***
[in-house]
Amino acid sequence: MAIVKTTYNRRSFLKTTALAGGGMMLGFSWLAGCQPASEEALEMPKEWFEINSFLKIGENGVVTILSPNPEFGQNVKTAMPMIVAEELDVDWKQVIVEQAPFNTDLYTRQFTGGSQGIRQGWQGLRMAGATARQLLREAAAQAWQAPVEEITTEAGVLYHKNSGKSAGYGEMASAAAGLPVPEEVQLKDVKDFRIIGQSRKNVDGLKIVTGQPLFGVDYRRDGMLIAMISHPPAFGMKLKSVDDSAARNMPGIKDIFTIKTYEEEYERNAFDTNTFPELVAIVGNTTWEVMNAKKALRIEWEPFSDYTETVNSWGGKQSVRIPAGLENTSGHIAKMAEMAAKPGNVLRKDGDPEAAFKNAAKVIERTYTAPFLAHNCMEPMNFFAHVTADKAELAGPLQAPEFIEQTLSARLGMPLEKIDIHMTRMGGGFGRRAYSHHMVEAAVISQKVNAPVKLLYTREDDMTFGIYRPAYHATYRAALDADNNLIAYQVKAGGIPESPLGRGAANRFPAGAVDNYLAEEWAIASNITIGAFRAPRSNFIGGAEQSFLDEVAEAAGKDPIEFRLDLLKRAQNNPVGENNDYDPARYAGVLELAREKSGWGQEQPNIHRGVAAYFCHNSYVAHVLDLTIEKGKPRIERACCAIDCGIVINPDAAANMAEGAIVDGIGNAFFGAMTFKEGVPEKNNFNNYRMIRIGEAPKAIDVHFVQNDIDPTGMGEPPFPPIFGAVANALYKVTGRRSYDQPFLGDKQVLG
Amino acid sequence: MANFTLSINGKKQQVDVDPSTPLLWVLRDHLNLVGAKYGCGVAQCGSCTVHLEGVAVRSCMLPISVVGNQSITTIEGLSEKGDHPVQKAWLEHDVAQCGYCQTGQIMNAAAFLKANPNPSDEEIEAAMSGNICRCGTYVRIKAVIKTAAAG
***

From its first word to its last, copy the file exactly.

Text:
[in-house]
Amino acid sequence: MAIVKTTYNRRSFLKTTALAGGGMMLGFSWLAGCQPASEEALEMPKEWFEINSFLKIGENGVVTILSPNPEFGQNVKTAMPMIVAEELDVDWKQVIVEQAPFNTDLYTRQFTGGSQGIRQGWQGLRMAGATARQLLREAAAQAWQAPVEEITTEAGVLYHKNSGKSAGYGEMASAAAGLPVPEEVQLKDVKDFRIIGQSRKNVDGLKIVTGQPLFGVDYRRDGMLIAMISHPPAFGMKLKSVDDSAARNMPGIKDIFTIKTYEEEYERNAFDTNTFPELVAIVGNTTWEVMNAKKALRIEWEPFSDYTETVNSWGGKQSVRIPAGLENTSGHIAKMAEMAAKPGNVLRKDGDPEAAFKNAAKVIERTYTAPFLAHNCMEPMNFFAHVTADKAELAGPLQAPEFIEQTLSARLGMPLEKIDIHMTRMGGGFGRRAYSHHMVEAAVISQKVNAPVKLLYTREDDMTFGIYRPAYHATYRAALDADNNLIAYQVKAGGIPESPLGRGAANRFPAGAVDNYLAEEWAIASNITIGAFRAPRSNFIGGAEQSFLDEVAEAAGKDPIEFRLDLLKRAQNNPVGENNDYDPARYAGVLELAREKSGWGQEQPNIHRGVAAYFCHNSYVAHVLDLTIEKGKPRIERACCAIDCGIVINPDAAANMAEGAIVDGIGNAFFGAMTFKEGVPEKNNFNNYRMIRIGEAPKAIDVHFVQNDIDPTGMGEPPFPPIFGAVANALYKVTGRRSYDQPFLGDKQVLG
Amino acid sequence: MANFTLSINGKKQQVDVDPSTPLLWVLRDHLNLVGAKYGCGVAQCGSCTVHLEGVAVRSCMLPISVVGNQSITTIEGLSEKGDHPVQKAWLEHDVAQCGYCQTGQIMNAAAFLKANPNPSDEEIEAAMSGNICRCGTYVRIKAVIKTAAAG